New Football League Focused on “Spectacular”, Believes it can Succeed Without Violence

The American Flag Football League (AFFL) will debut in spring 2018, with 1,024 amateur teams (open to public, close March 1) competing in a 7-on-7 single-elimination tournament. Winners receive $50,000 and get an opportunity to play a team of professionals for $1 million in prize money. JohnWallStreet had a chance to speak to AFFL founder Jeff Lewis and asked him a few questions about his new venture.

A lot of start-up football leagues have failed. Why does the AFFL have a chance to succeed?

Lewis: What’s tough about football is, it’s the sport that requires the most resources; the most players, the most coaches, the most gear, the biggest field and so when you start trying to run numbers, man does it add up. When you think about this (AFFL) as a business, you just don’t need that many players. Essentially, we can attack the sport with the biggest audience (football) with basketball team-size costs and that makes it an interesting prospect.

Some will argue that the gladiator aspect of football is the draw. Can you draw an audience without violence?

Lewis: We scraped some data that showed what people talk about most on social media when they watch football. What was very clear was that nobody talked about tackles or hits or anything about that aggressive element of the game. What they were constantly engaged in, was the spectacular. The run, the pass, the interception, the stuff that we still have.

How do you guys plan on making money with this league?

Lewis: We’re in the business of creating a show. We’re WWE. We’re NASCAR. We’re going to put on live events and we want people to attend the live events. Even if 65-70% of the long-term value we would garner from this, is as content, it all starts with the event itself. If you don’t make the event work, then the content value is unattainable.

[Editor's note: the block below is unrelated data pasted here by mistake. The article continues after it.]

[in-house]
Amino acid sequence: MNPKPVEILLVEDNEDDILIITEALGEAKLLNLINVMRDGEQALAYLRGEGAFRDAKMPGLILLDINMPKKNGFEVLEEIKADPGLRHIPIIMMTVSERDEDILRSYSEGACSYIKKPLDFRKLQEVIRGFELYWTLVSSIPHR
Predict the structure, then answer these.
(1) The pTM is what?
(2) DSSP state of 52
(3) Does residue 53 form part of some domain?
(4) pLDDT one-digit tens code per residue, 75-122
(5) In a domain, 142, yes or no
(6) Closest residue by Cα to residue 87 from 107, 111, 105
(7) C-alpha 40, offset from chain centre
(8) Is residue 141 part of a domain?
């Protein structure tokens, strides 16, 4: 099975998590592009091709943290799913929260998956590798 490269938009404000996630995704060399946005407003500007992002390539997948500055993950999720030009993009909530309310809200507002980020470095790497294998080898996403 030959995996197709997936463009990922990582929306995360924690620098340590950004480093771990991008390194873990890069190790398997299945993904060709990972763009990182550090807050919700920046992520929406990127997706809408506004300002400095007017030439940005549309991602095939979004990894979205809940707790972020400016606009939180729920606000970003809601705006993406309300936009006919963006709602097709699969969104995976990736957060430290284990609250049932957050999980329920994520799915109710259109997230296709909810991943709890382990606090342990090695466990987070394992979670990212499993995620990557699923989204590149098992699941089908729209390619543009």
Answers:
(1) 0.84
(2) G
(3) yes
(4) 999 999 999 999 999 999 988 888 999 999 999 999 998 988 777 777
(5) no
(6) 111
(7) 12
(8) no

Howie Long-Short: The Arena Football League, which got its start in 1987, is going to play its 2018 season with the fewest number of teams (4) since the league’s inaugural season; following an announcement that the Tampa Bay Storm are suspending operations, the second franchise to do so since Thanksgiving (Cleveland). While the league appears to be in trouble, Ron Jaworski (part owner of both the Philadelphia Soul and new Albany franchise) said the remaining owners remain “rock solid” in their commitment to the league and that the AFL could work itself back to 12 teams within 3 years. Monumental Sports & Entertainment owns the Washington Valor and Baltimore Brigade franchises.

Lewis: There are GREAT athletes in the AFL. The problem with the sport is that when you shrink it down, those athletes don’t get to show themselves in the best way.  Football requires scale and space.  There is something dissonant to most football fans about the compressed space of the indoor game.  That’s one of the reasons we are so focused on playing on a full-sized field.

Fan Marino: The AFFL player pool is going to have former NFL guys (think: Vick, Faulk) but it’s the athletes they’re bringing in from other sports that I’m far more curious to see play. An interesting name to watch: 3x NBA slam dunk champion Nate Robinson.

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Author: John Wall Street

At the intersection of sports & finance.

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